These days they don't come much chattier than 9-year-old Keri or busier than 82-year-old Elmer. On a recent afternoon, Keri, shiny ponytail swinging, wheels her bicycle two doors down and into Elmer's driveway. "Hi, Grandpa Davis," she says. "Hi, Tickles!" he answers, using a nickname that makes her giggle. After adjusting the handlebars and seat, Davis sends Keri on her way. "It's fixed," he says, smiling. "Now scat!"
It's no accident that Keri and Davis both live in the tree-lined subdivision of Hope Meadows in Rantoul, Ill., a community created by Brenda Krause Eheart expressly for those whom society often ignores. "You have these two marginalized groups—foster kids, who people think drain the system of dollars, and seniors, who felt all washed up and unneeded," says Eheart, 56, professor of child development at the University of Illinois. "Here, they're meeting each other's needs. It's phenomenal."
So is the irrepressible Eheart. Her one-of-a-kind neighborhood of 11 families (parents to 47 foster, adopted and biological kids) and 56 surrogate grandparents impressed President Clinton, who in 1998 bestowed upon Hope Meadows his Excellence in Adoption award. Last June, Oprah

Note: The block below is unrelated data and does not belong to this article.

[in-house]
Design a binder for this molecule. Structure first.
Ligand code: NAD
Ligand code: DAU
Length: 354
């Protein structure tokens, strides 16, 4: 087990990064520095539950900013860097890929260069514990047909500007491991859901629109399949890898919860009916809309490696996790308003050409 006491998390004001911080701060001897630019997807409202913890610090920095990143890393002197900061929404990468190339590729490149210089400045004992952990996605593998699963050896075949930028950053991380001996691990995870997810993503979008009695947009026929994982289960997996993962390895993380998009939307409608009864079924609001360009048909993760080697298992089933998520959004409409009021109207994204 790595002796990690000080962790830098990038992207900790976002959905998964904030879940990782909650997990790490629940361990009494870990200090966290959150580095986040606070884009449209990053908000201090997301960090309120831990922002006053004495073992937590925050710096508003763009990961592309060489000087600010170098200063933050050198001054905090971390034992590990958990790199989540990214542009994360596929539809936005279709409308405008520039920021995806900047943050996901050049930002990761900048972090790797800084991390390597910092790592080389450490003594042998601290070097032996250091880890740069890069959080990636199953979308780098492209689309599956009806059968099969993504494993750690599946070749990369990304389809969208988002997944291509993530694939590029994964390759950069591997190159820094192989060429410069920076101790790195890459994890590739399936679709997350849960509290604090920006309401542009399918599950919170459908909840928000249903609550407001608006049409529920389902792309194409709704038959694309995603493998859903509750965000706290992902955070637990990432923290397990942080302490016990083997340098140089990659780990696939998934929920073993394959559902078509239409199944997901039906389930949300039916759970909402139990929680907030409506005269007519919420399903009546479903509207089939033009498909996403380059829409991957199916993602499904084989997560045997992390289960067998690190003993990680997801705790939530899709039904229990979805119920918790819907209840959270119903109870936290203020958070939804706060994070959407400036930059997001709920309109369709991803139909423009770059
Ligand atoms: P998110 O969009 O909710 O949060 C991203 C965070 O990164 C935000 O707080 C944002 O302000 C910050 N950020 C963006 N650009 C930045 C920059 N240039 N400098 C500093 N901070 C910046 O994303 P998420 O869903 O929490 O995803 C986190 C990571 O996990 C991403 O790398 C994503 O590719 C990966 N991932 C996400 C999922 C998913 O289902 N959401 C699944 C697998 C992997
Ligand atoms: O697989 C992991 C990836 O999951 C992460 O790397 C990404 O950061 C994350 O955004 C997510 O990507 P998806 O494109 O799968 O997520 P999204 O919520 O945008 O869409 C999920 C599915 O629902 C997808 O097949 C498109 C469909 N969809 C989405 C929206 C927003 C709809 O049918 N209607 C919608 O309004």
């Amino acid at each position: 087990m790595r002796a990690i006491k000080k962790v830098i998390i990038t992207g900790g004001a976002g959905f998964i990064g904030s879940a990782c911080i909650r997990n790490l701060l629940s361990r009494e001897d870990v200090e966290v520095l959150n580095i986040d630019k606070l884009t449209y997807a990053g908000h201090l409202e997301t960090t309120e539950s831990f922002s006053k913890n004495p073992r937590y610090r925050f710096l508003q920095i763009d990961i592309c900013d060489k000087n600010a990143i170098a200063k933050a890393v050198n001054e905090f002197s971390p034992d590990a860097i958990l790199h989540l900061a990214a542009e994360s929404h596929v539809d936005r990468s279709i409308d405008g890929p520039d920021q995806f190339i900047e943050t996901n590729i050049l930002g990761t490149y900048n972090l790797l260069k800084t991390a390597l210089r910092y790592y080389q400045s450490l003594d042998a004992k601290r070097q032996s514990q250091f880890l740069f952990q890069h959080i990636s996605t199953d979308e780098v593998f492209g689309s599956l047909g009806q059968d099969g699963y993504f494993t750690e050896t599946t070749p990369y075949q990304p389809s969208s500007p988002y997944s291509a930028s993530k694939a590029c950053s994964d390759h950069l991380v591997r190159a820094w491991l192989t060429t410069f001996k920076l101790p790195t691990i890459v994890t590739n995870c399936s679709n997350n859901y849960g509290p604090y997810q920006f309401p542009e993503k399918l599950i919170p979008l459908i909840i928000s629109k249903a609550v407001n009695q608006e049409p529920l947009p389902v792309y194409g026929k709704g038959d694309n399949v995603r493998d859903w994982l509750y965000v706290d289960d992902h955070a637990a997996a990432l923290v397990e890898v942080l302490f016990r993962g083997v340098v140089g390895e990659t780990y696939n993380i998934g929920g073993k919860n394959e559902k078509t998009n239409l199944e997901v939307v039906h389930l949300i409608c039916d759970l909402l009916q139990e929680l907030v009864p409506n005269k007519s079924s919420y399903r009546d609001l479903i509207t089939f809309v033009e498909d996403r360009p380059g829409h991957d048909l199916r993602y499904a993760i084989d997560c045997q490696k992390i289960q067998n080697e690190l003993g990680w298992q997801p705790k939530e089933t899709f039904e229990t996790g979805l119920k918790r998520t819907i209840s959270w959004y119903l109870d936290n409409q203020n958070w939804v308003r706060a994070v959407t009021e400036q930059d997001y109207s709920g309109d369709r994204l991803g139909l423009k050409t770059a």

Winfrey gave Eheart a Use Your Life award with a $50,000 check. Prizes are nice, but the essence of Hope Meadows' success lies in the bonds formed between the old and the young, a number of whom have suffered severe abuse and neglect. "It's just a wonderful, supportive, old-fashioned community," says Roberts, a single parent who has six girls—five adopted and one foster. "I feel like this place lets me be the kind of parent I want to be."
Hope Meadows, which opened in 1994, is a modest, family-friendly neighborhood of 56 split-level homes, with toy-filled lawns, a playground and a community center—complete with library and computers—where the kids are tutored and fussed over by the retirees. The surrogate grandparents are rewarded in kind. Retired Catholic-school teacher Irene Bohn recalls meeting James Calhoun in 1994 when he was 4. "Where's your husband," he asked. "I don't have one," she replied. "Why?" wondered the bespectacled boy. "Did you kill him?" James went home, packed a suitcase and appeared at Bohn's door. "I came to stay with you," he announced, "because you need a man in the house." Says Bohn, 76: "We have the best of both worlds here. Every day, little miracles happen."